The other day I walked into our kitchen to hear my 7-year-old daughter barking thankless orders to our Google Home Mini. I corrected her when she then turned to her sister and did the same. It dawned on me how thankless we can often be in a world with instant technology. What are some ways I can foster thankfulness in my children’s hearts (and my own!)?
Thank you kindly, Grati Tude
Dear Grati Tude,
Teaching children to be thankful is an ongoing challenge. It can seem like just when one area is developed, lack in another area is soon revealed. But sometimes seeing the lack is the best first step to growth. Here are several simple ways you may find helpful.
Of course teaching kids from an early age to say thank you and then requiring that they say it when served is foundational. Don’t feel bad requiring it of them. It is not that you constantly need to be thanked as their mother, but rather that you need to instill a thankful heart by helping them notice when they are being served. Continue to do this kindly as your children grow older. Extending that awareness of service beyond your home grows gratitude as well. “Did you see how Mrs. O cleaned up even after everyone had left? That was so kind of her. We need to tell her thank you.” “Have you ever realized how Mr. T is at every event for the youth group and how he loves the kids? Maybe you should tell him you appreciate that.” Helping kids notice others’ service will likely help them see a bit beyond their own noses. We all need help with that!
How about creating a thank you box or 3-ring binder filled with a variety of blank thank you notes, fun pens, stickers, and even postage stamps you keep on hand so children can easily write a thank you note or send a card of encouragement. Kids will take a bit more ownership if they can do it freely.
Finally, take the time to help children give thanks to God. Maybe on your rides to church occasionally, have everyone say 3 things they are thankful to God for. Use scripture verses of thanksgiving to daily thank God as the month of November approaches. Remember to thank God with your children when He answers prayers so they can see He is alive and active.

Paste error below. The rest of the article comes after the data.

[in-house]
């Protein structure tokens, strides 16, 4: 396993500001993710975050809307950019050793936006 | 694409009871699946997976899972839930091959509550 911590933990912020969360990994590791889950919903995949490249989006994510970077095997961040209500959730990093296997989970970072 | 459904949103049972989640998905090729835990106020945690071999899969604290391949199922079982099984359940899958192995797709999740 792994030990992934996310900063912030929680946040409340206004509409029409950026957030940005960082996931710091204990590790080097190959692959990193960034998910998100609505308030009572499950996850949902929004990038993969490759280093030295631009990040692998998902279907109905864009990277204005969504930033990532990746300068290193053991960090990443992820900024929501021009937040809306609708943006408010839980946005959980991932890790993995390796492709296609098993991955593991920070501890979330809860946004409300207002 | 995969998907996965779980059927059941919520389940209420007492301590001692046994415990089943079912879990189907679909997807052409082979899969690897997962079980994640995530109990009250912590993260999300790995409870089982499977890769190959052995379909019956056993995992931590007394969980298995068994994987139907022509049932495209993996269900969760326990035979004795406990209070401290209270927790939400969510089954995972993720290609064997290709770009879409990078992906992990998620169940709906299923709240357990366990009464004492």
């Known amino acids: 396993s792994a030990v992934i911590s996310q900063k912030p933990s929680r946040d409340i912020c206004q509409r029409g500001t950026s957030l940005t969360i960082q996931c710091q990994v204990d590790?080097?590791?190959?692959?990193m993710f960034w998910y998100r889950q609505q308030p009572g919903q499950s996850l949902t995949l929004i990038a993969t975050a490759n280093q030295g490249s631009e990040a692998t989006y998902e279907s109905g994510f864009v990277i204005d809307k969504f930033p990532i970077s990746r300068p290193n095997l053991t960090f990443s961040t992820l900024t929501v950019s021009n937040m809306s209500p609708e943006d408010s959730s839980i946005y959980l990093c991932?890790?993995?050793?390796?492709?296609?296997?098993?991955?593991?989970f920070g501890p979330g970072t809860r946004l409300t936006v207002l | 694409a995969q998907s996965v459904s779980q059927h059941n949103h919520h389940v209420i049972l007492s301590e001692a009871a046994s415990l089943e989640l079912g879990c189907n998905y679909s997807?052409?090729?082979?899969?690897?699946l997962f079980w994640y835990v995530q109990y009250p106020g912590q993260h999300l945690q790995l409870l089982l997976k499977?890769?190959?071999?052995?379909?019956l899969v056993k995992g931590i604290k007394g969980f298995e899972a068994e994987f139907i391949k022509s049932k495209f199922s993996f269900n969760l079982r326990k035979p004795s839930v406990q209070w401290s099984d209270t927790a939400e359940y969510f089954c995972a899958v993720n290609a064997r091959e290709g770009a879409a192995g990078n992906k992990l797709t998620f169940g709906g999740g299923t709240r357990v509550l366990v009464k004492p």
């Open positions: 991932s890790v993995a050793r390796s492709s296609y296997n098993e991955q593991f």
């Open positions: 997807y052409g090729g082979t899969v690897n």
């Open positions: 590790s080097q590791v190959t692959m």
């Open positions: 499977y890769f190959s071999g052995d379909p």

For good measure, you could even have your daughter say “Hey Google, thank you!” 😉
Thank you for your letter!
My family loves being outdoors. With another Midwest winter on its way, I am dreading coming indoors for months on end with the kids. Any tips to help me stay sane?
Mrs. Cooper Upton
Dear Mrs. Upton,
Suddenly being cooped up in a house when you are used to being active outdoors is not easy. Add to that the decreased sunlight and cold, dark nights and it can make anyone a little glum.
I might suggest taking stock in what you can do indoors to freshen up your spaces. Do you have a little corner that could turn into a cozy reading nook? Do you have a spare table that could be a winter tea party station? Safely light candles or add ambient lighting where rooms feel darker. Make a winter playlist on Spotify and add music to your home. For fun with children, let them build a blanket fort every once in a while (contingent on them cleaning it up fully). Do a family Lego build challenge. Have family game nights. Play Candyland with real candy. Have theme night dinners.
And don’t forget to still get outside. Our local metroparks are wonderful in every season, but especially beautiful with snow. Many parks (like Oak Openings) even provide shelters with complimentary fire wood on hand for which you can use to have a fire. This offers a memorable time even in the gloom or snow.